Not at all! I’m a typical Taurian; I’m risk averse and never set out to be an entrepreneur – it just worked out this way. I switched from PR agencies to in-house and was happy – but a change in circumstances saw me jump into freelance life in 2015, from which I built up Kendrick PR.

I think there’s sometimes an expectation that wanting to be an entrepreneur from the start (or an early age) is the norm, that you are missing out if you don’t have this innate drive to conquer the world. I think there’s a lot of pressure around age as well, you see teenagers making crazy money on Instagram and YouTube and can feel that you’ve totally missed the boat to carve out your own business or niche offering.

Being an entrepreneur can come at a later stage in your career and from a direction you don’t expect. This was how it was for me; completely out of left field and terrifying when it first happened! It’s important for people to realise that it’s possible that later on in your life, change can come. It can be a hugely positive and inspirational thing.

How do you balance your business / family?

It’s challenging for sure and we often put this pressure on ourselves to be women who ‘have it all’; I think that’s very toxic and damaging. I have managed over the past four years because I’ve had support from so many women. In a business sense, I’ve had support from other female entrepreneurs who have guided me, lifted me up and connected me to a nurturing and empowering environment. It’s incredible how ready I’ve found women are to support others. 

As women, we too often put ourselves last but the thing is, if we pack in and the wheels fall off; everyone around us loses out too. Just simple things like having a personal trainer come to my house super early, twice per week, means I can have something for myself without compromising on work or family time. We need to give ourselves permission to make those changes.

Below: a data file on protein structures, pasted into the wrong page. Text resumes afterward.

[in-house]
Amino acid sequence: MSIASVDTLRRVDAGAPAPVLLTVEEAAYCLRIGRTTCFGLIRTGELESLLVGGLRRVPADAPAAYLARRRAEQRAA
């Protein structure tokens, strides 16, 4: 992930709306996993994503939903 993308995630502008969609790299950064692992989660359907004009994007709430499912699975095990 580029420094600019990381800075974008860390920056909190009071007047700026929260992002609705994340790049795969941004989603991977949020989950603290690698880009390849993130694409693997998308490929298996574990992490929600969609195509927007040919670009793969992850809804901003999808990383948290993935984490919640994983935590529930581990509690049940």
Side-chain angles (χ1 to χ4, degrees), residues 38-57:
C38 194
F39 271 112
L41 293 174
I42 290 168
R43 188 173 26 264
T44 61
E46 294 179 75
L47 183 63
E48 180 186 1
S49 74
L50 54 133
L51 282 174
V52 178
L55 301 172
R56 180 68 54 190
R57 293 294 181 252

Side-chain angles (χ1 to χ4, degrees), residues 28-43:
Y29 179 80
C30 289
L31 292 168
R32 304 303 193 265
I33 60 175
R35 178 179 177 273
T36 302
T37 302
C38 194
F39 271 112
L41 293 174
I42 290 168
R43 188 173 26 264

Finally, what advice, if any, would you have for you 10 years ago?

I wouldn’t be where I am or who I am today without unexpected change coming in – and I would tell myself that I shouldn’t see change as negative or disruptive, but as something which can break up the status quo and allow something even better to come to fruition. 

I tend to crave consistency and safety, but you grow best through adversity and challenging yourself. You find out more about yourself and what you are capable of. I don’t mean that something terrible has to happen but that the more interesting things in your life, and your ability to grow and develop, will only come when you’re not in your comfort zone. That’s where you achieve those things that you never even thought that you could, and think ooh, I’ve only gone and done it!

Follow Julia and her business on Instagram: @kendrickpr_uk

July 23, 2019

Meet the Bacne Buster

Pamela Marshall Clincal Aesthetician, Co-Founder and Managing Director or Mortar & Milk

When it comes to treating facial acne, the market is saturated with options from on the shelf products to treatments that promise to heal and clear it. But a for our backs, tackling it doesn’t become a priority until Summer finds us reaching for something backless.

For all ‘Bacne’ concerns, meet Pamela Marshall, aka ‘The Bacne Buster’. Renowned for her no-nonsense approach to superior skin health, Clinical Aesthetician Pamela Marshall take s us back to basics with all things ‘Bacne’.

HOW does it form?

“Back acne happens when there are high levels of oil production combined with bacteria build up in the pores on the back.”

WHY does acne appear on our backs?

“We have a high density of pores on our backs, which means a higher chance of a breakout. Our sebaceous glands are connected to our pores and when theres an abundance of oil, combined with too much bacteria, our pores will swell up in order to try regulate our sebum production. That swelling will cause inflammation which can lead to a spot. Non-breathable clothing, not washing bedsheet and wearing sweaty workout clothes can also cause or contribute to ‘bacne”

HOW to treat ‘bacne’?

“Ingredients like mandelic acid (derived from almonds!) and polyhydroxy acids work to kill bacteria, dislodge congestions and reduce inflammation. I suggest the brands Exuviance and NeoStrata. There is also a diet component to acne, always try to eat food made with love. Processed food should be removed from your diet as much as possible.”